Large operations have higher per-acre costs
True or false: As farm size increases, per acre costs go down. The answer might surprise you. It’s false.
Illinois farms with more than 4,000 acres had per-acre fertilizer costs of $124 per acre in 2011, the highest of any size group, with total nonland costs of $525, again the highest of any size group. This group also had the highest land costs at $234 per acre and paid the highest cash rent of any group at $276 per acre. The data is compiled from grain farms in northern and central Illinois that were enrolled in the Illinois Farm Business Farm Management Association in 2011.
"The data do not support the notion that larger farms have cost advantages over smaller farms."
What gives? Why is the assumption that large-scale producers have the lowest per-acre costs false? "The data do not support the notion that larger farms have cost advantages to smaller farms," says Gary Schnitkey, a University of Illinois ag economist, who conducted the study. However, he says, there are still good reasons for getting bigger.
"There are advantages to increasing farm size, as incomes will rise with large farm sizes as long as costs can be controlled. Therefore, larger farms will have higher net farm incomes than smaller farms"—again, assuming costs can be managed.
Schnitkey notes that land costs tend to increase on a per-acre basis as farm size increases. This is because larger farms tend to cashrent more of their farmland at higher prices, Schnitkey says. For example, the largest sized farms cash-rent 77% of their acres, own 15% and share-rent 8%. This compares with 55% cash-rent, 41% owned and 4% share-rent for the smallest size group, and 70% cashrent, 16% owned and 14% sharerent for operations between 1,001 and 2,000 acres.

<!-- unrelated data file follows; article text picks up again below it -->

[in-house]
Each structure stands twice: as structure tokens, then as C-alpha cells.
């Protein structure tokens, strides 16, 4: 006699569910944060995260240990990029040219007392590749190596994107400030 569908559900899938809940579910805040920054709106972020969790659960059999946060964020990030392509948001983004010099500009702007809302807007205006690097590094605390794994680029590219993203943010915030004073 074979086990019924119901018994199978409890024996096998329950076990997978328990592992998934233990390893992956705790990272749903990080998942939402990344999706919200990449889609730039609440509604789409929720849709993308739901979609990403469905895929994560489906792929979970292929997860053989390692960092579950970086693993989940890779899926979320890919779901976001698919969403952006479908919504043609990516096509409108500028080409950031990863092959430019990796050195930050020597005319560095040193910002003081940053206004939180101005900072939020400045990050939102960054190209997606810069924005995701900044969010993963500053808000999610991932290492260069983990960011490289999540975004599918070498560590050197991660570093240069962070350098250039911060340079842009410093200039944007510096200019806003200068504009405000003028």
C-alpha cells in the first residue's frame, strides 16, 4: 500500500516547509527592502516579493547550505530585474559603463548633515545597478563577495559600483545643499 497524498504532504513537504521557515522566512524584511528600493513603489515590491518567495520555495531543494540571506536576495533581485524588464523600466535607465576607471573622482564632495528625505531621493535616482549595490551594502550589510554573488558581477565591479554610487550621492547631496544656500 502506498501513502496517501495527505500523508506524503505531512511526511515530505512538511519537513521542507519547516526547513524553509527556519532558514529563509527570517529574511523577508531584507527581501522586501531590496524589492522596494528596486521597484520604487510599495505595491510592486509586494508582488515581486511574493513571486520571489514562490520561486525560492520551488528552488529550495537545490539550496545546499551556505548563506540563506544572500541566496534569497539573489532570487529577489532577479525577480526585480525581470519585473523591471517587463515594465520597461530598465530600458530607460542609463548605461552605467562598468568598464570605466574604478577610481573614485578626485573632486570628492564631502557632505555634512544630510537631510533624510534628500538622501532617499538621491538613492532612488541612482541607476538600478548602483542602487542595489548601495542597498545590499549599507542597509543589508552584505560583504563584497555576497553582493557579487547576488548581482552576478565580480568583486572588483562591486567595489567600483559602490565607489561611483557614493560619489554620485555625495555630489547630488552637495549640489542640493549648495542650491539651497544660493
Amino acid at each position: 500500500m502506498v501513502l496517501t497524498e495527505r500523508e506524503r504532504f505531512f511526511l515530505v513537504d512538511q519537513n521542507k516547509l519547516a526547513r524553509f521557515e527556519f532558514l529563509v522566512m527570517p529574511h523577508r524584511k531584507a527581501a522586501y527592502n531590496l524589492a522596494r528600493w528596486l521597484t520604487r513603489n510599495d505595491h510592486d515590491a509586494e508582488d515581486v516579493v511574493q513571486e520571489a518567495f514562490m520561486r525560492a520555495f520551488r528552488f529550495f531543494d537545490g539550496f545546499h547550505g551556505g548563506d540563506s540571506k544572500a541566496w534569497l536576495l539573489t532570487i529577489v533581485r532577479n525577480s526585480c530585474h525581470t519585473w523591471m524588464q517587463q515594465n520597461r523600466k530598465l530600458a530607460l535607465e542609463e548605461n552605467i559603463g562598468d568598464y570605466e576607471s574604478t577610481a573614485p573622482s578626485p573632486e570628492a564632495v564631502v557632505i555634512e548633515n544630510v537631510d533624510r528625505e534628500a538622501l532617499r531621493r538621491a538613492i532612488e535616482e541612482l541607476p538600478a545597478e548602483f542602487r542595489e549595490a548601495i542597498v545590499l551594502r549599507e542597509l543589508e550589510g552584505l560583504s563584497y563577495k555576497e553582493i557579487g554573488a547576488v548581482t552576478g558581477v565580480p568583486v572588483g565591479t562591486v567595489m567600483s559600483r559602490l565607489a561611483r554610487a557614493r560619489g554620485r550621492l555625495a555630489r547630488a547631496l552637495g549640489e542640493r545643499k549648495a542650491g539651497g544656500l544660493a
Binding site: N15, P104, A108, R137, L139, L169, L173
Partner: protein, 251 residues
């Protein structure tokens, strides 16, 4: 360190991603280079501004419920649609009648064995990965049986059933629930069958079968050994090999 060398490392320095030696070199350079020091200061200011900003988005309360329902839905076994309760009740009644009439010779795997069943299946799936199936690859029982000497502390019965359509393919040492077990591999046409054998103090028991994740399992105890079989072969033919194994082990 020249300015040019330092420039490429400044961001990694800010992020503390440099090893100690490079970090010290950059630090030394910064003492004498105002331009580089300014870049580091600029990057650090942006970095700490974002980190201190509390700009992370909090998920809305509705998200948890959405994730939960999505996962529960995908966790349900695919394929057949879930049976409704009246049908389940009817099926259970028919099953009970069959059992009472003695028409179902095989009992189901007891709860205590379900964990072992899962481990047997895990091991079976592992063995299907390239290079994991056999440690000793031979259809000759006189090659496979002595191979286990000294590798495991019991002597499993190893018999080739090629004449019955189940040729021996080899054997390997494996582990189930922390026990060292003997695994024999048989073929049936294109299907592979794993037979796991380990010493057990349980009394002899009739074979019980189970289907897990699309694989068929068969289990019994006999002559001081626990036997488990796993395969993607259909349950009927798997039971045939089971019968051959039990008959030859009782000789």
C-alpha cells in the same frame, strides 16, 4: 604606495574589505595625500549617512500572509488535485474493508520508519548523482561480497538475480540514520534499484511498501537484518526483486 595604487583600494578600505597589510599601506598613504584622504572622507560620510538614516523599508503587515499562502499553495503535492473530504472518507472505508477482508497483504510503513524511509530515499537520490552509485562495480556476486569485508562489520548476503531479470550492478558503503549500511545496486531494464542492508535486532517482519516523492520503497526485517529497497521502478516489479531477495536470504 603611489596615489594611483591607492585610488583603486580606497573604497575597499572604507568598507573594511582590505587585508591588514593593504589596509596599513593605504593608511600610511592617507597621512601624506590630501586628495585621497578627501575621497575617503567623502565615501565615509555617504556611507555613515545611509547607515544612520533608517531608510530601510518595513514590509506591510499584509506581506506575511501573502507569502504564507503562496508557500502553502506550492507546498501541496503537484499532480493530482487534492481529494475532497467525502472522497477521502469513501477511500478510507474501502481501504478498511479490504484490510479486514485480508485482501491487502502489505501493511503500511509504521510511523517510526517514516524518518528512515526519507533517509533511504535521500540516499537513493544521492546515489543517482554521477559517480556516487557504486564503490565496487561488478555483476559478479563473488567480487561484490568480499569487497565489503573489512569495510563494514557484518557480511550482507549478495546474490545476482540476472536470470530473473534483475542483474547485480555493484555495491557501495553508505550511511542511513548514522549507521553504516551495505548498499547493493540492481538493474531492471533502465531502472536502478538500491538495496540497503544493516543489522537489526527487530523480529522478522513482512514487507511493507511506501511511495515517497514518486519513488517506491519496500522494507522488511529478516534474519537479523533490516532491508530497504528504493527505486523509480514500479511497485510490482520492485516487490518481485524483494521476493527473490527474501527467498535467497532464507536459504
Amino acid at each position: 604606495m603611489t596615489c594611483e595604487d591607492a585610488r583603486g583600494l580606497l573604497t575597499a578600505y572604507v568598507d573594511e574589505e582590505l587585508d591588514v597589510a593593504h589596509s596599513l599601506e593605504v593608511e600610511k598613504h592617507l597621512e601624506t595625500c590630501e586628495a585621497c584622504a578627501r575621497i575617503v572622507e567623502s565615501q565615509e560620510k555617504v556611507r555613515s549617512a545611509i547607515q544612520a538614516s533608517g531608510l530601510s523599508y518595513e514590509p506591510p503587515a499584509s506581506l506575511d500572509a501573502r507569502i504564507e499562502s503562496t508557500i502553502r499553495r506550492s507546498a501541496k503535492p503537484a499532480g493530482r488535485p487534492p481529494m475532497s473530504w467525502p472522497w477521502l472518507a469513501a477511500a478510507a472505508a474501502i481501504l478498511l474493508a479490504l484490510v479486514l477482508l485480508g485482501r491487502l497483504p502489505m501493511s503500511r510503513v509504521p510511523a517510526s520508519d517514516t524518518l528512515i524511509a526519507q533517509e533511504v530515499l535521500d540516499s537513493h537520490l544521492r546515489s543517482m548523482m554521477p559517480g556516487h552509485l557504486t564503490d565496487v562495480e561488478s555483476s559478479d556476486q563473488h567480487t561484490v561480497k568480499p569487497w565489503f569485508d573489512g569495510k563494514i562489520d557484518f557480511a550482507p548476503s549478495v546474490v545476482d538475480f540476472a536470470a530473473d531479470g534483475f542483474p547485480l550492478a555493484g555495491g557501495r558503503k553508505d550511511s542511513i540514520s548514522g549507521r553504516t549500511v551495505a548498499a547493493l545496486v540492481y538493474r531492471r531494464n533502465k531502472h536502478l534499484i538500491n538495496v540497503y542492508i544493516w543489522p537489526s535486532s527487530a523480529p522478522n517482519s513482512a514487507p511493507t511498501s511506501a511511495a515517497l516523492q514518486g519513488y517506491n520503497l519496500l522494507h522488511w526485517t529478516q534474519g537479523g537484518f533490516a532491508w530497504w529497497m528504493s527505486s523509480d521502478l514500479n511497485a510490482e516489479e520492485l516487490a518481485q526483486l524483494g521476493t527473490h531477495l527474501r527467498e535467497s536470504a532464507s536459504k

Overall, costs increase as farm size increases. Looking at land costs, they are $119 per acre for farms with fewer than 500 tillable acres; $157 for farms with 501 to 750 acres; $186 for farms with 751 to 1,000 acres; $195 per acre for 1,001 to 1,500 acres; $199 per acre for 1,501 to 2,000 acres; $200 per acre for 2,001 to 3,000 acres; slightly less, $191 per acre, for 3,001 to 4,000 acres; and, the highest of all, $234 per acre for farms with more than 4,000 acres.
Nonland costs ratchet up with size, too, ranging from $484 per acre (total nonland cost) for farmers with fewer than 500 acres to $525 per acre for farmers with more than 4,000 acres, thus less of a swing than with land and some other key inputs. Seed costs vary little by size group, whereas chemical costs are lowest for the highest acre production group: $30 per acre for farms with more than 4,000 acres and $49 per acre for farms between 3,001 and 4,000 acres.
Corn Is Key Reason. Larger farmers have higher costs because they have a higher percentage of their acreage in corn, which costs more to produce than other crops. For example, farms with more than 4,000 acres are 76% corn/22% soybeans; farms with 1,001 to 2,000 acres are 63% corn/35% soybeans; and farms with fewer than 500 acres are 56% corn/42% soybeans.
"Costs associated with corn tends to be higher than those for soybean acres, thereby accounting for the higher costs for farmers with more than 4,000 acres," Schnitkey states.
Data from Minnesota is somewhat different. Total direct and overhead expenses for 2011 were $810 for the largest group measured, farms between 2,001 and 5,000 acres, according to Farm Business Farm Management Association data for the southern part of the state. Second highest was 1,001- to 1,500-acre farms, with total costs of $765 per acre, and third highest was the 1,501- to 2,000-acre group, with direct and overhead expenses of $761 per acre. Those who farm between 101 and 250 acres had just $691 in total costs.
Dale Nordquist, a University of Minnesota ag economist, says smaller operations’ lower costs are probably due to the fact that they also are livestock operations and use the manure on the crop side of the business, which keeps fertilizer costs low.